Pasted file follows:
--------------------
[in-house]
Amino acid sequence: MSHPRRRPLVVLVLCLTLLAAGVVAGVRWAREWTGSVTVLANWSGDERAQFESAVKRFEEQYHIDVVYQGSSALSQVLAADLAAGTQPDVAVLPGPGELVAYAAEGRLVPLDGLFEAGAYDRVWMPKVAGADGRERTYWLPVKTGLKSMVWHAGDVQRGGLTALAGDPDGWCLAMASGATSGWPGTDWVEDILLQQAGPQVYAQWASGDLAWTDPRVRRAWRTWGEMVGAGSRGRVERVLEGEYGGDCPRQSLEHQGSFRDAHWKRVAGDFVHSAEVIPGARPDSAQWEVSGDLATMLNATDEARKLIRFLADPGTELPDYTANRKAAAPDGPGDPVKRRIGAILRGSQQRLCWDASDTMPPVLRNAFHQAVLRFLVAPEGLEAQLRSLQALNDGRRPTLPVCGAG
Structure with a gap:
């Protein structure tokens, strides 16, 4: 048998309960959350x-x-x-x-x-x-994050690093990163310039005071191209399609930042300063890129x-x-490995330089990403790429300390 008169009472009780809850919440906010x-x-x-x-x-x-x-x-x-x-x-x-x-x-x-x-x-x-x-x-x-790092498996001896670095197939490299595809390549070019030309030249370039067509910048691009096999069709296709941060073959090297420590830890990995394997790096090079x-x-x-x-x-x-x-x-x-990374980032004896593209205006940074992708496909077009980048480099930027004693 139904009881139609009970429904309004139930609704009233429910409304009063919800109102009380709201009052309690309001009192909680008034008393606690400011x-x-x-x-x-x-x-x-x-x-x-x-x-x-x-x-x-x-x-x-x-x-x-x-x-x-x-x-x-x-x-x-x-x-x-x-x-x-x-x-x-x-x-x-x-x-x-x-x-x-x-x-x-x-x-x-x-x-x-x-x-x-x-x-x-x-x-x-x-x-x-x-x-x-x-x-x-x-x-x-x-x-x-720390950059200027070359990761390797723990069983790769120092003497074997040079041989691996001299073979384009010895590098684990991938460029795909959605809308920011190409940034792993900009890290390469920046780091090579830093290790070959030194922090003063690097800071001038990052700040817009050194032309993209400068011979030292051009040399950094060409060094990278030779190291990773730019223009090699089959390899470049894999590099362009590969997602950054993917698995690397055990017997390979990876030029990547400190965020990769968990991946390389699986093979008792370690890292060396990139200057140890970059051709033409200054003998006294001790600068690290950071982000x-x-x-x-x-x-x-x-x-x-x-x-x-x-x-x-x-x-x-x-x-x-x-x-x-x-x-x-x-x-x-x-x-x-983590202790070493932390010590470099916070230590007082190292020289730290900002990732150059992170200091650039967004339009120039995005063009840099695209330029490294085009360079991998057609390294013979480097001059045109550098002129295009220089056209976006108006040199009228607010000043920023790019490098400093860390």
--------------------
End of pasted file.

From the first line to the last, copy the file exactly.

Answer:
[in-house]
Amino acid sequence: MSHPRRRPLVVLVLCLTLLAAGVVAGVRWAREWTGSVTVLANWSGDERAQFESAVKRFEEQYHIDVVYQGSSALSQVLAADLAAGTQPDVAVLPGPGELVAYAAEGRLVPLDGLFEAGAYDRVWMPKVAGADGRERTYWLPVKTGLKSMVWHAGDVQRGGLTALAGDPDGWCLAMASGATSGWPGTDWVEDILLQQAGPQVYAQWASGDLAWTDPRVRRAWRTWGEMVGAGSRGRVERVLEGEYGGDCPRQSLEHQGSFRDAHWKRVAGDFVHSAEVIPGARPDSAQWEVSGDLATMLNATDEARKLIRFLADPGTELPDYTANRKAAAPDGPGDPVKRRIGAILRGSQQRLCWDASDTMPPVLRNAFHQAVLRFLVAPEGLEAQLRSLQALNDGRRPTLPVCGAG
Structure with a gap:
């Protein structure tokens, strides 16, 4: 048998309960959350x-x-x-x-x-x-994050690093990163310039005071191209399609930042300063890129x-x-490995330089990403790429300390 008169009472009780809850919440906010x-x-x-x-x-x-x-x-x-x-x-x-x-x-x-x-x-x-x-x-x-790092498996001896670095197939490299595809390549070019030309030249370039067509910048691009096999069709296709941060073959090297420590830890990995394997790096090079x-x-x-x-x-x-x-x-x-990374980032004896593209205006940074992708496909077009980048480099930027004693 139904009881139609009970429904309004139930609704009233429910409304009063919800109102009380709201009052309690309001009192909680008034008393606690400011x-x-x-x-x-x-x-x-x-x-x-x-x-x-x-x-x-x-x-x-x-x-x-x-x-x-x-x-x-x-x-x-x-x-x-x-x-x-x-x-x-x-x-x-x-x-x-x-x-x-x-x-x-x-x-x-x-x-x-x-x-x-x-x-x-x-x-x-x-x-x-x-x-x-x-x-x-x-x-x-x-x-x-720390950059200027070359990761390797723990069983790769120092003497074997040079041989691996001299073979384009010895590098684990991938460029795909959605809308920011190409940034792993900009890290390469920046780091090579830093290790070959030194922090003063690097800071001038990052700040817009050194032309993209400068011979030292051009040399950094060409060094990278030779190291990773730019223009090699089959390899470049894999590099362009590969997602950054993917698995690397055990017997390979990876030029990547400190965020990769968990991946390389699986093979008792370690890292060396990139200057140890970059051709033409200054003998006294001790600068690290950071982000x-x-x-x-x-x-x-x-x-x-x-x-x-x-x-x-x-x-x-x-x-x-x-x-x-x-x-x-x-x-x-x-x-x-983590202790070493932390010590470099916070230590007082190292020289730290900002990732150059992170200091650039967004339009120039995005063009840099695209330029490294085009360079991998057609390294013979480097001059045109550098002129295009220089056209976006108006040199009228607010000043920023790019490098400093860390």